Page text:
WeWork's earliest sales efforts involved pitching random people at Starbucks and poaching competitors' customers with offers of free rent, new book reveals
- When it first started recruiting tenants,
WeWorkpitched people at Starbucks, a new book reports.
- The company's CEO
Adam Neumannalso authorized heavy discounts that targeted competitors' customers.
- Eliot Brown and Maureen Farrell broke down WeWork's early sales strategies in their new book.
In its early days, WeWork employees would often recruit new customers by pitching the idea behind the company to random people at Starbucks, a new book reveals.
Lisa Skye, WeWork's first community manager in charge of recruiting new customers told authors Eliot Brown and Maureen Farrell in their new book that WeWork's early efforts relied heavily on bringing in new members through Craigslist, as well as in-person pitches. Skye said she would often wander through Starbucks in Lower Manhattan and strike up conversations with people working on laptops.
"Hi, do you come in often?" Skye told the authors she would say before launching into a carefully crafted pitch. "Offices are just $650 a month."
While WeWork began in 2010 by spending virtually nothing on marketing and quickly gained popularity, by 2017 it was a major part of WeWork's $1.8 billion in expenses, Brown and Farrell said. WeWork was dishing out cash to lure tenants away from competitors like
Former WeWork CEO Adam Neumann was far from subtle when it came to competing against companies like Regus and
In the summer of 2017, the CEO took Industrious CEO Jamie Hodari for a ride on a private jet. Over Bloody Marys, Neumann threatened to poach customers from Industrious, by offering the tenant free rent for a year, Brown and Farrell wrote.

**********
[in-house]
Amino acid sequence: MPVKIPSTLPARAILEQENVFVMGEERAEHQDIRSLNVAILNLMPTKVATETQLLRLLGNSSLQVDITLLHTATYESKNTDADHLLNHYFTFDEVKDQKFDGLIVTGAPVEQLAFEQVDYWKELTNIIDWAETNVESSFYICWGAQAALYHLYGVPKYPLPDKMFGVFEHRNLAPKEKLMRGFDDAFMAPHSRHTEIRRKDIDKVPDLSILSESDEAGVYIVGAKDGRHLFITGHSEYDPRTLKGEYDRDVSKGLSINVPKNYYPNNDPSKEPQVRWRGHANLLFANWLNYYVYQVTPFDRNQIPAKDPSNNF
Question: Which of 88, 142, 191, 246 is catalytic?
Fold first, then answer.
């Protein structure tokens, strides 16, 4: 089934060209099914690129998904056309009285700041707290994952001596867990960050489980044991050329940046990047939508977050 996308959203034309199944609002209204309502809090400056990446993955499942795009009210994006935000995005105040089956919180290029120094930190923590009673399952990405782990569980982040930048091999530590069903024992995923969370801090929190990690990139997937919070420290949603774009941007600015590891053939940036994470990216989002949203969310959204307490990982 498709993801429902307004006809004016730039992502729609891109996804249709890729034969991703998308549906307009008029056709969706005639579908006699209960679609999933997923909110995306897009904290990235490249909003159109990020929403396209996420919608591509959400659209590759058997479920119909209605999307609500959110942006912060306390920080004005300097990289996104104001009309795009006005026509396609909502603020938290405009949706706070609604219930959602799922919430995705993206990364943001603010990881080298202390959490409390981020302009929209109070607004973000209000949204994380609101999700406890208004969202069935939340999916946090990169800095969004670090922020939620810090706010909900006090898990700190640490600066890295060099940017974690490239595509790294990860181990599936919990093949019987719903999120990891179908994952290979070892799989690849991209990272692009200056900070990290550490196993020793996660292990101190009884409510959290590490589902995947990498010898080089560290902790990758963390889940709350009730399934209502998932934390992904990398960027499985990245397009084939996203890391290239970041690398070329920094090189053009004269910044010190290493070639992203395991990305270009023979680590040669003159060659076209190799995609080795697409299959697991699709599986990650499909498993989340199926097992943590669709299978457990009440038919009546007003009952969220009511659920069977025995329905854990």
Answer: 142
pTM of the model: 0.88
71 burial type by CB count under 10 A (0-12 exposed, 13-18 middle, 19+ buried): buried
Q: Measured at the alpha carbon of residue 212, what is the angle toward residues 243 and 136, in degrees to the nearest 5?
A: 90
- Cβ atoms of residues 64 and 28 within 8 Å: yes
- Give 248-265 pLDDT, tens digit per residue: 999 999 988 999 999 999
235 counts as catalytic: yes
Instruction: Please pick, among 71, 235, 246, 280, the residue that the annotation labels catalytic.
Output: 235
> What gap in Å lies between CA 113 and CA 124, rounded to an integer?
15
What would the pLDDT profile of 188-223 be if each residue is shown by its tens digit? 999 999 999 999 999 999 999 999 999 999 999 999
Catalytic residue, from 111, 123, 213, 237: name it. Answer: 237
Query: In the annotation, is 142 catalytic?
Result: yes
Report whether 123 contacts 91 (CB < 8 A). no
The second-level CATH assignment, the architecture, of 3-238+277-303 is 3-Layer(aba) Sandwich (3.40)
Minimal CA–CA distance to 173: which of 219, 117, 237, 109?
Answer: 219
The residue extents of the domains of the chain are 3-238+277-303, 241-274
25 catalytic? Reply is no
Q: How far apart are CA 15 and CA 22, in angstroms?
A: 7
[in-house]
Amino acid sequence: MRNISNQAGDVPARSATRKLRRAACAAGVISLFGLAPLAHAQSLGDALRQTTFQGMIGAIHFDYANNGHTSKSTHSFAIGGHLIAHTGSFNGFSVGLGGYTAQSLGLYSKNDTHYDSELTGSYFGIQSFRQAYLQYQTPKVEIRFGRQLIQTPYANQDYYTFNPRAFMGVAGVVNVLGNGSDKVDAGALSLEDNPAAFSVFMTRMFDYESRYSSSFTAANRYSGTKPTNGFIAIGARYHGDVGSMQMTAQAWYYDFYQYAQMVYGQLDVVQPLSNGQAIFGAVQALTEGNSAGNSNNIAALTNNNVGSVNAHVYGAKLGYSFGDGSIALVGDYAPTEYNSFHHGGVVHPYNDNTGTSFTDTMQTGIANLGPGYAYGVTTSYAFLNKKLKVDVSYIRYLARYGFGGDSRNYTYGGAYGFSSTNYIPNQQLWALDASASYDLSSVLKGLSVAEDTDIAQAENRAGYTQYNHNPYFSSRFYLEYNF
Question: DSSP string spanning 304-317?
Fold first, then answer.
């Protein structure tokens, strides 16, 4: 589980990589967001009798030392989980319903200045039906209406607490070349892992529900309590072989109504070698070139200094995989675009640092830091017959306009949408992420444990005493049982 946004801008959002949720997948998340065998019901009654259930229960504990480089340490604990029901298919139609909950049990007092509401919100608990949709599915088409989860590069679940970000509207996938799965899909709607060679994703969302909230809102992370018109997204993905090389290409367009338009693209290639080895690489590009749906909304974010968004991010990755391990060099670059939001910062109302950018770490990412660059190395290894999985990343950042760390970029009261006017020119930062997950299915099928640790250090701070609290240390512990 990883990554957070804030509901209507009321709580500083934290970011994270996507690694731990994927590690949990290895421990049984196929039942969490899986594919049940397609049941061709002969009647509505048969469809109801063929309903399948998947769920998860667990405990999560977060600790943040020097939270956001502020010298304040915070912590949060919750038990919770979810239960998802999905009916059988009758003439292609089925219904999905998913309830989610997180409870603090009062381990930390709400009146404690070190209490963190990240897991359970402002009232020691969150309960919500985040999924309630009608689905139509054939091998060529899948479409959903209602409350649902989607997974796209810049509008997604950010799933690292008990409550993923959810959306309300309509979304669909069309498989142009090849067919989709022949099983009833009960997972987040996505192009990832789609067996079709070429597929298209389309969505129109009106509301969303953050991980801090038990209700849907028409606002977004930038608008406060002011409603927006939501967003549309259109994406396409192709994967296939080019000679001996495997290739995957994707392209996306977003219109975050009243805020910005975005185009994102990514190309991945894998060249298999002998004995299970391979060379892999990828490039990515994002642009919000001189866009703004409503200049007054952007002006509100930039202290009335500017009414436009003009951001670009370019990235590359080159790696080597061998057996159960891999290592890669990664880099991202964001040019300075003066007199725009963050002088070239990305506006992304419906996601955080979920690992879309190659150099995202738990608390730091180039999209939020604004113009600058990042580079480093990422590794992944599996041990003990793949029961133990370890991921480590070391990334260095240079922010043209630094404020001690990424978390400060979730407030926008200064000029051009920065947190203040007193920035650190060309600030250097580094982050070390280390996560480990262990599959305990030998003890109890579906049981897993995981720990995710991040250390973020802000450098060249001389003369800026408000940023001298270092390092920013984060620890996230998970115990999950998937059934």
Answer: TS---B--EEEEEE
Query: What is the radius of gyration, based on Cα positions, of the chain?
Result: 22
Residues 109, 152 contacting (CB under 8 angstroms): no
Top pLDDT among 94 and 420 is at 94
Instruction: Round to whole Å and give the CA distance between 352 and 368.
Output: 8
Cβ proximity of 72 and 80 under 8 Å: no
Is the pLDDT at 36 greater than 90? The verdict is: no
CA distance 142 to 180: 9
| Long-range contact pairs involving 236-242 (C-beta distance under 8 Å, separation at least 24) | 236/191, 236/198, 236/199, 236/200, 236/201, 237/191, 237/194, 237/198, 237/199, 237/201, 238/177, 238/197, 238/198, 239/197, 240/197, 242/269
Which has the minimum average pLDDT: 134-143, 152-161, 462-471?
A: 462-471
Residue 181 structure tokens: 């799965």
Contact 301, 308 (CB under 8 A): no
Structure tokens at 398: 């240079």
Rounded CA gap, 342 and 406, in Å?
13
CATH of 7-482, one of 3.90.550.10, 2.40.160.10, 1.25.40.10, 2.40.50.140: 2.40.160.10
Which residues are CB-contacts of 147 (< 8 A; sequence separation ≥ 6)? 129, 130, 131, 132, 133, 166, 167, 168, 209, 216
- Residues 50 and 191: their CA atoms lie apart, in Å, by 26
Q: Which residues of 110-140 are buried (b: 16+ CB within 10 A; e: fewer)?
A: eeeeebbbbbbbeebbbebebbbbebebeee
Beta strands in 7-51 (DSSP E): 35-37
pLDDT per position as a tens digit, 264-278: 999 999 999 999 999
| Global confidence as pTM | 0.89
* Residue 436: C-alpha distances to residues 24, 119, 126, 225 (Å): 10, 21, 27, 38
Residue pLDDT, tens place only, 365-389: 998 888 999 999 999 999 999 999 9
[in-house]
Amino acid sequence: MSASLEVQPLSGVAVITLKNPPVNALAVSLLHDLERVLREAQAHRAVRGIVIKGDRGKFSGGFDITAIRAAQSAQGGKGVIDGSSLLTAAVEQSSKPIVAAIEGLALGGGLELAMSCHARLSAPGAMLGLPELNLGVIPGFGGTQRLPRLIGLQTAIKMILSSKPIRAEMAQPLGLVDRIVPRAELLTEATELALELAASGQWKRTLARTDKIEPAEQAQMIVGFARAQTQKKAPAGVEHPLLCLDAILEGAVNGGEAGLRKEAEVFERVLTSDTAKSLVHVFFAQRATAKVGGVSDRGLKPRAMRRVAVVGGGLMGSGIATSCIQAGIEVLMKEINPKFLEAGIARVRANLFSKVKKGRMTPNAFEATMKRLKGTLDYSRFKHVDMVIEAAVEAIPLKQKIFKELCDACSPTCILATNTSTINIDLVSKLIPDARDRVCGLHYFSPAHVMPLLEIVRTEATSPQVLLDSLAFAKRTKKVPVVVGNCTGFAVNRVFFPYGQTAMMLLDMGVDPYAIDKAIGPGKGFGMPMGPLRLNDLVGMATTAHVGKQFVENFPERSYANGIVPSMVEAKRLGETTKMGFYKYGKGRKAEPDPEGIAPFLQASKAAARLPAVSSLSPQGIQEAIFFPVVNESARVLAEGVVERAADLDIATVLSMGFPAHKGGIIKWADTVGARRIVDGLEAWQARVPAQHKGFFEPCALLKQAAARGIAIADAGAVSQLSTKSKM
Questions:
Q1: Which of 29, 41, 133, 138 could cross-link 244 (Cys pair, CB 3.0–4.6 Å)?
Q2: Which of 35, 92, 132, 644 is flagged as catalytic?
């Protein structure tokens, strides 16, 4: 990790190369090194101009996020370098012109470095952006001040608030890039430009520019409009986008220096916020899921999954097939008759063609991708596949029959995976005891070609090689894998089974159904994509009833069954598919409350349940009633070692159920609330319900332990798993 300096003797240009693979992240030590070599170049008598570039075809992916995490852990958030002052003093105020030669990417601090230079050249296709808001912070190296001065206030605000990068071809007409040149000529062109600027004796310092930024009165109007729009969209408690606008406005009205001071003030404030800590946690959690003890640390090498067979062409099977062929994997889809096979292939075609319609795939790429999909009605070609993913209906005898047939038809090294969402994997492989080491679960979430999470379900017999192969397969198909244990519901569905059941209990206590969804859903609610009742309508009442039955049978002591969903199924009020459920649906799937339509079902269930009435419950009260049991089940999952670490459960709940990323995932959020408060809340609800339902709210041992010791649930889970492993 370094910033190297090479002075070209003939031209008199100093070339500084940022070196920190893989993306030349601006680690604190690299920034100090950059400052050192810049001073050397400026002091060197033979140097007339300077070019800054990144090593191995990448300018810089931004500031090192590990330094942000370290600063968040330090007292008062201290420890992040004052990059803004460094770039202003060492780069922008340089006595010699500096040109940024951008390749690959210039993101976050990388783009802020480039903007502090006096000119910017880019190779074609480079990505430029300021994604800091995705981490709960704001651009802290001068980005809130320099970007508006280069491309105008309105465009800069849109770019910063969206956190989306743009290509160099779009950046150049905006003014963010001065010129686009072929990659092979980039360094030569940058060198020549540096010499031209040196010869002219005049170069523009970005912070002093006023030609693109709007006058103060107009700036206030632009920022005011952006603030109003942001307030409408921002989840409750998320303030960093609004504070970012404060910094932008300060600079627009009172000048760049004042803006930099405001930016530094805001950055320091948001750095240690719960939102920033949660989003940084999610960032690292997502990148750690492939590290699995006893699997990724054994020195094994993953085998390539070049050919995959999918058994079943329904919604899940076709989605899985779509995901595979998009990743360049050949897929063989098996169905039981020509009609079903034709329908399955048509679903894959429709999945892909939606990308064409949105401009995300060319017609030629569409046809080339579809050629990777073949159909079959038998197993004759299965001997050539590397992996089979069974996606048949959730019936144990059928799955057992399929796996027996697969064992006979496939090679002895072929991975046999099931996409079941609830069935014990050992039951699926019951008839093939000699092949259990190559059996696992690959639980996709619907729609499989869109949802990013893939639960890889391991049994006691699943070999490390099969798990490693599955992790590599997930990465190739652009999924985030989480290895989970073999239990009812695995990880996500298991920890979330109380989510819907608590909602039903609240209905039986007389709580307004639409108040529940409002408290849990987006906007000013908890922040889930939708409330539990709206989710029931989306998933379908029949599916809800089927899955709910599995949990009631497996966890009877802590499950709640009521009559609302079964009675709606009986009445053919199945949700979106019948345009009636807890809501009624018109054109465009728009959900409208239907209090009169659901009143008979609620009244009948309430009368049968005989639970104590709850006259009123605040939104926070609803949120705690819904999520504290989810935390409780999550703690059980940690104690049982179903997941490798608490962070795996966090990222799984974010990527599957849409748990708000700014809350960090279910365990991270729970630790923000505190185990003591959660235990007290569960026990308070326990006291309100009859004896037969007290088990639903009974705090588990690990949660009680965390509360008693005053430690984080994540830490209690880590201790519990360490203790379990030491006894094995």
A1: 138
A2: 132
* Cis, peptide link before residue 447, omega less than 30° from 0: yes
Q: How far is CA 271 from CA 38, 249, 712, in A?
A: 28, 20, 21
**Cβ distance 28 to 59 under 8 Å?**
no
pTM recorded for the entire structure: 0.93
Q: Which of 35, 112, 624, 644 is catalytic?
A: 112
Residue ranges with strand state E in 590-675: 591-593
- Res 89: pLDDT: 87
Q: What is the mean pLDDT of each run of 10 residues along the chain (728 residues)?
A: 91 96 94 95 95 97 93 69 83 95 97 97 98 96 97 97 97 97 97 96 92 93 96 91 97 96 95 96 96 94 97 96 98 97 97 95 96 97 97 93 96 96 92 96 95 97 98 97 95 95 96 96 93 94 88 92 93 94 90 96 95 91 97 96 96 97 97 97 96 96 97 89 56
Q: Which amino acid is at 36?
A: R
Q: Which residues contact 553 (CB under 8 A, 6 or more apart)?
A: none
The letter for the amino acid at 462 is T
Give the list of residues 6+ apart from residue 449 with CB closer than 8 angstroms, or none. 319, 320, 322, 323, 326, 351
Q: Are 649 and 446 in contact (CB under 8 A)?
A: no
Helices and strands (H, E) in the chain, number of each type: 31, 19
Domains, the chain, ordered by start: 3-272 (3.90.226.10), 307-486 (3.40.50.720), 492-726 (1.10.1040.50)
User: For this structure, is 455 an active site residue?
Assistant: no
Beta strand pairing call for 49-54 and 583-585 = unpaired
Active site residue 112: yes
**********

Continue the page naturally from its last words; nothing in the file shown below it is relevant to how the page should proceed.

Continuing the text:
"When I push the button, they're going to start reaching out to all your customers, letting them know they can come to WeWork for free," Neumann said, according to Brown and Farrell's report.
If that didn't work, they said Neumann told Hodari he would double down and offer two years free
At the time, Hodari appeared to put little stock in Neumann's threat, but later his staff members heard from tenants that had received discounted offers from WeWork. Brown and Farrell said Neumann employed the same tactic on other competitors as well.
"Neumann was eager to rush these companies, and steal their tenants, before any presented a threat," they wrote.
In the book, "The Cult of We: WeWork, Adam Neumann, and the Great Startup Delusion," Brown and Farrell pointed to Neumann's marketing strategies and his eagerness to cut out competitors as one of the underlying reasons behind the company's financial struggles in 2019 went it attempted to go public and the true state of the company's financials was revealed - WeWork was overvalued and Neumann was spending far more than WeWork could bring in.
Shortly after the company's financial status was revealed, Neumann stepped down as CEO and Artie Minson and Sebastian Gunningham took his place. WeWork did not respond to a request for comment from Insider on its current marketing and sales strategies.
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